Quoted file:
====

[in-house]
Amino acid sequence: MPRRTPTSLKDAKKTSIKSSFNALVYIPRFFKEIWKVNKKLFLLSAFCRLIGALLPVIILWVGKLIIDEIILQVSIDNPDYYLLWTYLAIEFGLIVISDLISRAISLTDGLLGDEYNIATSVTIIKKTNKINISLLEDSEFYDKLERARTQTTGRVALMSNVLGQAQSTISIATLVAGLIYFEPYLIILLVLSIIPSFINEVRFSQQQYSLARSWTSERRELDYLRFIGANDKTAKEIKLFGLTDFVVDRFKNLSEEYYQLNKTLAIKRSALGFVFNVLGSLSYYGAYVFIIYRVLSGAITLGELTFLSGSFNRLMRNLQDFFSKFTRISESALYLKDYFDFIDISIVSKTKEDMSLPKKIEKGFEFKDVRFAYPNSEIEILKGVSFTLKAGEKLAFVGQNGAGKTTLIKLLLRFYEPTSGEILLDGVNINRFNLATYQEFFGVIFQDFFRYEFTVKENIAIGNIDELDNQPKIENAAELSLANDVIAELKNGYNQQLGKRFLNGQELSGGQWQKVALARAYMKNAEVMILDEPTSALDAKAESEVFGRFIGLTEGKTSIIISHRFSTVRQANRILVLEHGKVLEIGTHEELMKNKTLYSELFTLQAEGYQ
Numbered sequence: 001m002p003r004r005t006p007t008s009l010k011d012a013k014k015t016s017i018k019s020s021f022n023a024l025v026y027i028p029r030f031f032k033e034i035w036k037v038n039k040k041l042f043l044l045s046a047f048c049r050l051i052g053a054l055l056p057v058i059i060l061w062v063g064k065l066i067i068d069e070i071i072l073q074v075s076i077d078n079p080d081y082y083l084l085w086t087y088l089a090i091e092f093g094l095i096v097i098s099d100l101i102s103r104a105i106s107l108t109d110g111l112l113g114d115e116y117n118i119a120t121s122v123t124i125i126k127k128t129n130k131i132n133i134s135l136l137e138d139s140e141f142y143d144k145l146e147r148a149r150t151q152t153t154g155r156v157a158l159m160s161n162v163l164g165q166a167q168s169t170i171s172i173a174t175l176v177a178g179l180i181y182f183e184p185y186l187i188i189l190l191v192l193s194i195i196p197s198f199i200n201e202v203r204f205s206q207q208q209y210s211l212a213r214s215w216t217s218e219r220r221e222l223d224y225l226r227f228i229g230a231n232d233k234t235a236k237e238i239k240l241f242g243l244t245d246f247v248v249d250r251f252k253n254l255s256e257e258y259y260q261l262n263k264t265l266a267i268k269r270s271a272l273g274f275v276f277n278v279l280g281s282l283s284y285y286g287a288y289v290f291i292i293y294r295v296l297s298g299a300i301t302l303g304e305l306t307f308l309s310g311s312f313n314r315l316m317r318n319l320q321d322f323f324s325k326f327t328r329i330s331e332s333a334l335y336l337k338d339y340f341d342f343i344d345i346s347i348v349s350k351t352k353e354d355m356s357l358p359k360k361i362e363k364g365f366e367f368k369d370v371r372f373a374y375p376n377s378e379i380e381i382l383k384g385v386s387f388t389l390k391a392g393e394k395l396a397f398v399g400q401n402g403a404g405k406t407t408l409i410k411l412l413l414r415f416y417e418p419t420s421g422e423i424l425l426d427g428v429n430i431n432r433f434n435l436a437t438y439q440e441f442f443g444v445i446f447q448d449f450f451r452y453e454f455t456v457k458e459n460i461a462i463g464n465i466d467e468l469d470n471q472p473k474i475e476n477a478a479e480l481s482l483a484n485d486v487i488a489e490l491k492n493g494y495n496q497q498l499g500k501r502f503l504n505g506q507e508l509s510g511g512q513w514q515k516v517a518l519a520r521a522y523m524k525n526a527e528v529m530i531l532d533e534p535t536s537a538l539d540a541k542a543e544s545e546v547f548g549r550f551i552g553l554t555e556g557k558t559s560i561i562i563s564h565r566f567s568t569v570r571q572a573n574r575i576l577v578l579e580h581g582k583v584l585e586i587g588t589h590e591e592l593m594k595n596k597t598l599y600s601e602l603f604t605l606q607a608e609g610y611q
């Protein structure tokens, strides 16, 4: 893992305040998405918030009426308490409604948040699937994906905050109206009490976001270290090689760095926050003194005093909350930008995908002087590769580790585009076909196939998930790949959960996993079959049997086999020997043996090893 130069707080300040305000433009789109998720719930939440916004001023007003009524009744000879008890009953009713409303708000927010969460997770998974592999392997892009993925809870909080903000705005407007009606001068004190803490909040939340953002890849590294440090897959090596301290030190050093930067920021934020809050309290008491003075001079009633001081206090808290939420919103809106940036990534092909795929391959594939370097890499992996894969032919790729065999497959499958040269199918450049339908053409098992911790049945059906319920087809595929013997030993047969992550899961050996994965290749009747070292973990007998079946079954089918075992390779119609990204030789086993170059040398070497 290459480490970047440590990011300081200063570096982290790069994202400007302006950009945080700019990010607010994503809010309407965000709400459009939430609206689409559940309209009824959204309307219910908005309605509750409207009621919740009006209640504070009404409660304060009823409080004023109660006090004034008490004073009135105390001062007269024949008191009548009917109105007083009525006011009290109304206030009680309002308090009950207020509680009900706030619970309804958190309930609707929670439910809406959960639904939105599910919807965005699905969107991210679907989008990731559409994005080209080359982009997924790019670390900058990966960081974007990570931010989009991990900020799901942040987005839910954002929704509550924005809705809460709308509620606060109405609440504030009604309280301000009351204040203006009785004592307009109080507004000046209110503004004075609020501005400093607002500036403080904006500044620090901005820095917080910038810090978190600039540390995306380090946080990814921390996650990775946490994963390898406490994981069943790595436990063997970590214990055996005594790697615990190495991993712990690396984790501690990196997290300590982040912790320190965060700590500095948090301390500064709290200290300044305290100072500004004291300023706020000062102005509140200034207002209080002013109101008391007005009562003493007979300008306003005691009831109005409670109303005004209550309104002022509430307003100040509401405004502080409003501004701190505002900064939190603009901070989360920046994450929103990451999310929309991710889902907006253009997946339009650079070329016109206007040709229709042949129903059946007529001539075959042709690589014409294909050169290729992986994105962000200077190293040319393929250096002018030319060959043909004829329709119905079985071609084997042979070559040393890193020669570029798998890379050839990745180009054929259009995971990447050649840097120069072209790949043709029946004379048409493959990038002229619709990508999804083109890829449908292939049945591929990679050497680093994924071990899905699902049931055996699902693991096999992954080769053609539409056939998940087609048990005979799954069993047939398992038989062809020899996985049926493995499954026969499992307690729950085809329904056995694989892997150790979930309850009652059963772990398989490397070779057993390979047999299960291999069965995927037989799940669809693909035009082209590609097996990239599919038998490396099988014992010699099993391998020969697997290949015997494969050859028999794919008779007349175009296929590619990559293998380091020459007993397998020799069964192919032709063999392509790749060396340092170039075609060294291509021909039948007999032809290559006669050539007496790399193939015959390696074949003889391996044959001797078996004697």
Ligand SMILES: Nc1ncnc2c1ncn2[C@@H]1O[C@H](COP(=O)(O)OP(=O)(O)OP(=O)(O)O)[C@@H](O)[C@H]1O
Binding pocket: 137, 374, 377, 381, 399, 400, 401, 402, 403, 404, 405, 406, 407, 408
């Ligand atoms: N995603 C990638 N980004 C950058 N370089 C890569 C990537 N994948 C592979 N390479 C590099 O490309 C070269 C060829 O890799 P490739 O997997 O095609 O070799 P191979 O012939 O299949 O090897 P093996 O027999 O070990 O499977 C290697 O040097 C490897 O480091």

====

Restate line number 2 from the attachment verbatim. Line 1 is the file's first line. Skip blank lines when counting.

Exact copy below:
Amino acid sequence: MPRRTPTSLKDAKKTSIKSSFNALVYIPRFFKEIWKVNKKLFLLSAFCRLIGALLPVIILWVGKLIIDEIILQVSIDNPDYYLLWTYLAIEFGLIVISDLISRAISLTDGLLGDEYNIATSVTIIKKTNKINISLLEDSEFYDKLERARTQTTGRVALMSNVLGQAQSTISIATLVAGLIYFEPYLIILLVLSIIPSFINEVRFSQQQYSLARSWTSERRELDYLRFIGANDKTAKEIKLFGLTDFVVDRFKNLSEEYYQLNKTLAIKRSALGFVFNVLGSLSYYGAYVFIIYRVLSGAITLGELTFLSGSFNRLMRNLQDFFSKFTRISESALYLKDYFDFIDISIVSKTKEDMSLPKKIEKGFEFKDVRFAYPNSEIEILKGVSFTLKAGEKLAFVGQNGAGKTTLIKLLLRFYEPTSGEILLDGVNINRFNLATYQEFFGVIFQDFFRYEFTVKENIAIGNIDELDNQPKIENAAELSLANDVIAELKNGYNQQLGKRFLNGQELSGGQWQKVALARAYMKNAEVMILDEPTSALDAKAESEVFGRFIGLTEGKTSIIISHRFSTVRQANRILVLEHGKVLEIGTHEELMKNKTLYSELFTLQAEGYQ